Rainy days and Java always get me down


I've Moved My Blog

It's currently located at http://www.urlinone.com/blog

I should say "I'm moving my blog." It's a pretty painful process.

Pebble has blown up on me, and it's been many months since I've been able to blog reliably. I've lost posts. And now I've got to figure out how to migrate my past blog posts from Pebble to my new destination without all the URLs changing, lest external links become 404 Not Founds.

Why does everything in the 21st century have to be a three-day project???

I'm in the midst of launching something pretty awesome. Of course, I'm not objective about it. :-) But I think it's going to be a very welcome addition to your toolbox. I can tell you that I love having it when I need it.

The thing is, the actual program has been operational for many months. In fact, I've been using it regularly since late 2005. But it's just becoming available now.

The reason it has not been available is that there have been weeks where I've done nothing but the peripheral stuff to market the product. There's the web site itself, the offer, the flow of the site, the payment processing, the sales copy, the affiliate program, and scores of other little details that can be maddening, none of which have anything directly to do with the functionality of the tool.

I can certainly see why people go the open source route, rather than trying to market their work. Aside from the simplicity of doing it for the love of it, there's also the fact that the number of loose ends to be handled can be so high that many projects would simply never get off the ground. (I think this is also why open source makes me so (J)cranky: So many of the loose ends never do get tied up, so it's the user who goes mad, rather than the creator.)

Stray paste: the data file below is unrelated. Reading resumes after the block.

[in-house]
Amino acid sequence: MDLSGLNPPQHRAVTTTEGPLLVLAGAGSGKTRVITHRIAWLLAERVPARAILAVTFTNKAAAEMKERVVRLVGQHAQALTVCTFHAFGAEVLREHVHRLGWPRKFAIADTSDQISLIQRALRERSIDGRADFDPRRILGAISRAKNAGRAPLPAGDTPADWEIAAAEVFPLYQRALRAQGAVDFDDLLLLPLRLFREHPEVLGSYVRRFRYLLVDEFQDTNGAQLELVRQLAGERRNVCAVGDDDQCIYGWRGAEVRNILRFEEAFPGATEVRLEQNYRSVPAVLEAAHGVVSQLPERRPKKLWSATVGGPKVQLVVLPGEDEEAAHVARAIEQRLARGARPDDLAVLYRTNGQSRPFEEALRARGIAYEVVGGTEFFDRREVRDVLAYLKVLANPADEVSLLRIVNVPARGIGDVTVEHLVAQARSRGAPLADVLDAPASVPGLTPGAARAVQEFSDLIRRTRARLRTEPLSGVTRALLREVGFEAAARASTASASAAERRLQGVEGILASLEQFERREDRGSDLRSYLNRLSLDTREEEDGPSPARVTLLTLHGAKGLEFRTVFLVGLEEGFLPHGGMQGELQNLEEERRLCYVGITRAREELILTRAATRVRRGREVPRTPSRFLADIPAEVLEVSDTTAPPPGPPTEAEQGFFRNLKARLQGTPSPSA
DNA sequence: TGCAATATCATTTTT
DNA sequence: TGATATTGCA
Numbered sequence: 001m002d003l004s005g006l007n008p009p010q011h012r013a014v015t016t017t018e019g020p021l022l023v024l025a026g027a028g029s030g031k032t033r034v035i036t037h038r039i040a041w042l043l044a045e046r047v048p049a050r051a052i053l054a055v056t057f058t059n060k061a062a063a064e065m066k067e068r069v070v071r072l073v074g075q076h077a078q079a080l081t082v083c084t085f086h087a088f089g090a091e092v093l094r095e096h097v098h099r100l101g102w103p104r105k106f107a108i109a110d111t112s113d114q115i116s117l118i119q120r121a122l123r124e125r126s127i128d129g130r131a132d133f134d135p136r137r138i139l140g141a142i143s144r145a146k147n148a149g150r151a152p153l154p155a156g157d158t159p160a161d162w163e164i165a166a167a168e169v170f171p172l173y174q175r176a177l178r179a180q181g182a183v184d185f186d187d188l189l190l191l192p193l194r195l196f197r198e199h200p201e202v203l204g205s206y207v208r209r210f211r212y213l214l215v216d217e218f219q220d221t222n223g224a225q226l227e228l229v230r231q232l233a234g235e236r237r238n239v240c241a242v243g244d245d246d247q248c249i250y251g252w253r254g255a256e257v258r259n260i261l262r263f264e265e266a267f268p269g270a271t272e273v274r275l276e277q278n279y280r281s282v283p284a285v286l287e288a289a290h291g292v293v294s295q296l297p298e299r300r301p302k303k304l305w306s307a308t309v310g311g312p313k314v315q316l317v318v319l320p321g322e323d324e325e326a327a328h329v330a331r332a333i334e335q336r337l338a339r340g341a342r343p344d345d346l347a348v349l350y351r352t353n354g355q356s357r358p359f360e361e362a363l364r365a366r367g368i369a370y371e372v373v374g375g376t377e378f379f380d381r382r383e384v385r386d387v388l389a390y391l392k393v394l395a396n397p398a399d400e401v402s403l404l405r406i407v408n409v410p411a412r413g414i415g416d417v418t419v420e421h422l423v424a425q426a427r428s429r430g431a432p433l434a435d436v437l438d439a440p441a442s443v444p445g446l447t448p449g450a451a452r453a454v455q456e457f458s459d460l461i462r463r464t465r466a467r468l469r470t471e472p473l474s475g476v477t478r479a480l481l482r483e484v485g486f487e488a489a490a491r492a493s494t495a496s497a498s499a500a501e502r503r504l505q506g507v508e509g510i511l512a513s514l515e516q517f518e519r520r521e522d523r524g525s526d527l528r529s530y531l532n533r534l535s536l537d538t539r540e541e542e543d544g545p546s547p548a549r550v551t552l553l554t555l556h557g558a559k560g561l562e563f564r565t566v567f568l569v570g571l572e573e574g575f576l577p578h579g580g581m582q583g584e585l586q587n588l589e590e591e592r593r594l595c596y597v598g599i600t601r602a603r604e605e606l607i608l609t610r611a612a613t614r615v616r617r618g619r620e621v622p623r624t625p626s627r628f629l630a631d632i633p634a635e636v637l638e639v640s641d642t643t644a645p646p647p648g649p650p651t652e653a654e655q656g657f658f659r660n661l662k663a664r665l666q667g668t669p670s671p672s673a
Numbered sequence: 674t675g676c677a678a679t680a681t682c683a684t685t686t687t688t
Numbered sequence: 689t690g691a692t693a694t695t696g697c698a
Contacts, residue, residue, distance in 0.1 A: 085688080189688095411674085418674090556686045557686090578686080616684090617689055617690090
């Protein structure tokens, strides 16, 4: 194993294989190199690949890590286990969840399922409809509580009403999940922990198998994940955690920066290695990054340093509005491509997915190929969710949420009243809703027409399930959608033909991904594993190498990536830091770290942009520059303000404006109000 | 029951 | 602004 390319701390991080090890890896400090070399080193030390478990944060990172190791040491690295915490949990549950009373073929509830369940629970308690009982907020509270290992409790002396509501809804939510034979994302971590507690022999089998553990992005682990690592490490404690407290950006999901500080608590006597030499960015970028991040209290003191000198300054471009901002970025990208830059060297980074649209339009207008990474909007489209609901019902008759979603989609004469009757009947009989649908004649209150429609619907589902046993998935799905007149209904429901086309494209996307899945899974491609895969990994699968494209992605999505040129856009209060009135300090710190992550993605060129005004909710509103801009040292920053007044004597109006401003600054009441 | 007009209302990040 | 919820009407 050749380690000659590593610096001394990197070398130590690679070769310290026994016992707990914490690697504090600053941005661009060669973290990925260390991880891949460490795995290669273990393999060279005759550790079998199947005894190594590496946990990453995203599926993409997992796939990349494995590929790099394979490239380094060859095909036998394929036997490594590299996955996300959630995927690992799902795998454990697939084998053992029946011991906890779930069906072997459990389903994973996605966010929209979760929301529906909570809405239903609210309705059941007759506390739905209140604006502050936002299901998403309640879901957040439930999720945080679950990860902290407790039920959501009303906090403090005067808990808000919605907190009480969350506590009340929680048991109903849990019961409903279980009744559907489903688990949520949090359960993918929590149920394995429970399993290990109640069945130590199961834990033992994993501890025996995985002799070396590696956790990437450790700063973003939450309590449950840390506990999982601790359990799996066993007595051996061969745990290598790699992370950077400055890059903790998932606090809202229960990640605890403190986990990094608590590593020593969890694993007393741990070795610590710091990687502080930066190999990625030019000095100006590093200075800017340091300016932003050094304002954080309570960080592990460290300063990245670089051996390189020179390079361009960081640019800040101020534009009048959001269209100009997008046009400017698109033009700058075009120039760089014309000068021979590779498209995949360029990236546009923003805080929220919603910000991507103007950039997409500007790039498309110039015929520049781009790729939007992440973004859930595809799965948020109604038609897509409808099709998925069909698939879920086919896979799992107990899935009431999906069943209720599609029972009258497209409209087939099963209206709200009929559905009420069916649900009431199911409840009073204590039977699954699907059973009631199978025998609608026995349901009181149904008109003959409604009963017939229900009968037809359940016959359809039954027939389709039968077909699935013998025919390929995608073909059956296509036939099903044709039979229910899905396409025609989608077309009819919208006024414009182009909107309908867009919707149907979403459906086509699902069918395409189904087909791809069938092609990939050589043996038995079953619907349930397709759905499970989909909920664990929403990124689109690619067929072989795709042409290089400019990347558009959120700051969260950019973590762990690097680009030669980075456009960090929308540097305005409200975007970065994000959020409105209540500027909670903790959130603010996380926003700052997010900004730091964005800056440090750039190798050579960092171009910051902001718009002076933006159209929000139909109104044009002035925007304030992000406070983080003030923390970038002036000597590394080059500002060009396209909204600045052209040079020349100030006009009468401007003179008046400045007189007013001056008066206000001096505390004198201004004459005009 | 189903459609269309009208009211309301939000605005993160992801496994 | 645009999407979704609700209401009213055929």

As I blogged about in February, I've swallowed my pride and purchased a PHP-based application that offers many of the features that make it possible to successfully sell a digital product online. After months of exhaustion, I came to the brilliant realization that it doesn't have to be Java, and it doesn't have to be written with my own two hands.

Given the fact that I only get a few hours a week to work on my "science projects," it can take the better part of a year to get anything worthwhile done. When you consider what my time and sanity are worth, $100 at http://www.rentacoder.com or $1000 for a turn-key marketing system are genuine bargains. To write, debug, and test either of the scripts below would have taken me over a year, and that only gets me the infrastructure to sell my software, as opposed to writing the actual product itself.

1500 people purchased Butterfly Marketing during the first round. It is back again, for a limited time.

There's also a remarkably similar-looking script for about one-fifth of the price at http://www.motivatedmarketingsystem.com/. I can't imagine it's as capable a product, but, at the price they're asking, how can you lose? It beats writing it yourself.